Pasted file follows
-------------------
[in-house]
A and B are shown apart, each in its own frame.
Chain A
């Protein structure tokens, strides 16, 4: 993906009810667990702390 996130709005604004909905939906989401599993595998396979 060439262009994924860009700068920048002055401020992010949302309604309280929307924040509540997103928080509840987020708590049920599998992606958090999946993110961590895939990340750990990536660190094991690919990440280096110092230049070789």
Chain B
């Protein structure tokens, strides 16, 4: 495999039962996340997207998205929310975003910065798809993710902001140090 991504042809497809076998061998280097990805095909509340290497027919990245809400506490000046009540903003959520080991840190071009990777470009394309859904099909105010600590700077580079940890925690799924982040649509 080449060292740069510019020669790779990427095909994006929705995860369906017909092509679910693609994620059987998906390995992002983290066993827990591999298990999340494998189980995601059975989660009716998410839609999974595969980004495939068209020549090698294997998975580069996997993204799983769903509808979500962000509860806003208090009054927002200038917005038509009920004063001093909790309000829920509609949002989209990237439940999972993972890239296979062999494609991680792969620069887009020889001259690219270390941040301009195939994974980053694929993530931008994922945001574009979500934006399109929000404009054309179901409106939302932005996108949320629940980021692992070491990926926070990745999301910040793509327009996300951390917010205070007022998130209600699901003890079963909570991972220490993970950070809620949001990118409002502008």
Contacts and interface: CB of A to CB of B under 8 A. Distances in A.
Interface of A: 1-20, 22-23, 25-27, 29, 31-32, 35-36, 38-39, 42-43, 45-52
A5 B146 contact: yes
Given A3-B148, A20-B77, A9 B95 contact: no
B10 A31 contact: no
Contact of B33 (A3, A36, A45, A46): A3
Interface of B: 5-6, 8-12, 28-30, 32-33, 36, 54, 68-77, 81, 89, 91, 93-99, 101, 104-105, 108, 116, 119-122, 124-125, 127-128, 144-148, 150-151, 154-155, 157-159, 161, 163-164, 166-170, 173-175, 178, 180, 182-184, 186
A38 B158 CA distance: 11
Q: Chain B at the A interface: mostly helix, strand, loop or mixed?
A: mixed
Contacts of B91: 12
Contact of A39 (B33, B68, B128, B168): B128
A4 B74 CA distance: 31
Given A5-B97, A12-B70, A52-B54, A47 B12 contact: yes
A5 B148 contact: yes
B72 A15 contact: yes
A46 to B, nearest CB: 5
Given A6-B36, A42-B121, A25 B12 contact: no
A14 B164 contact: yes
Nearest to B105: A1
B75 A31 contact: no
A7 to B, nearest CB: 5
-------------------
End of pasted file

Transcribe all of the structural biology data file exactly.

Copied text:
[in-house]
A and B are shown apart, each in its own frame.
Chain A
């Protein structure tokens, strides 16, 4: 993906009810667990702390 996130709005604004909905939906989401599993595998396979 060439262009994924860009700068920048002055401020992010949302309604309280929307924040509540997103928080509840987020708590049920599998992606958090999946993110961590895939990340750990990536660190094991690919990440280096110092230049070789």
Chain B
């Protein structure tokens, strides 16, 4: 495999039962996340997207998205929310975003910065798809993710902001140090 991504042809497809076998061998280097990805095909509340290497027919990245809400506490000046009540903003959520080991840190071009990777470009394309859904099909105010600590700077580079940890925690799924982040649509 080449060292740069510019020669790779990427095909994006929705995860369906017909092509679910693609994620059987998906390995992002983290066993827990591999298990999340494998189980995601059975989660009716998410839609999974595969980004495939068209020549090698294997998975580069996997993204799983769903509808979500962000509860806003208090009054927002200038917005038509009920004063001093909790309000829920509609949002989209990237439940999972993972890239296979062999494609991680792969620069887009020889001259690219270390941040301009195939994974980053694929993530931008994922945001574009979500934006399109929000404009054309179901409106939302932005996108949320629940980021692992070491990926926070990745999301910040793509327009996300951390917010205070007022998130209600699901003890079963909570991972220490993970950070809620949001990118409002502008």
Contacts and interface: CB of A to CB of B under 8 A. Distances in A.
Interface of A: 1-20, 22-23, 25-27, 29, 31-32, 35-36, 38-39, 42-43, 45-52
A5 B146 contact: yes
Given A3-B148, A20-B77, A9 B95 contact: no
B10 A31 contact: no
Contact of B33 (A3, A36, A45, A46): A3
Interface of B: 5-6, 8-12, 28-30, 32-33, 36, 54, 68-77, 81, 89, 91, 93-99, 101, 104-105, 108, 116, 119-122, 124-125, 127-128, 144-148, 150-151, 154-155, 157-159, 161, 163-164, 166-170, 173-175, 178, 180, 182-184, 186
A38 B158 CA distance: 11
Q: Chain B at the A interface: mostly helix, strand, loop or mixed?
A: mixed
Contacts of B91: 12
Contact of A39 (B33, B68, B128, B168): B128
A4 B74 CA distance: 31
Given A5-B97, A12-B70, A52-B54, A47 B12 contact: yes
A5 B148 contact: yes
B72 A15 contact: yes
A46 to B, nearest CB: 5
Given A6-B36, A42-B121, A25 B12 contact: no
A14 B164 contact: yes
Nearest to B105: A1
B75 A31 contact: no
A7 to B, nearest CB: 5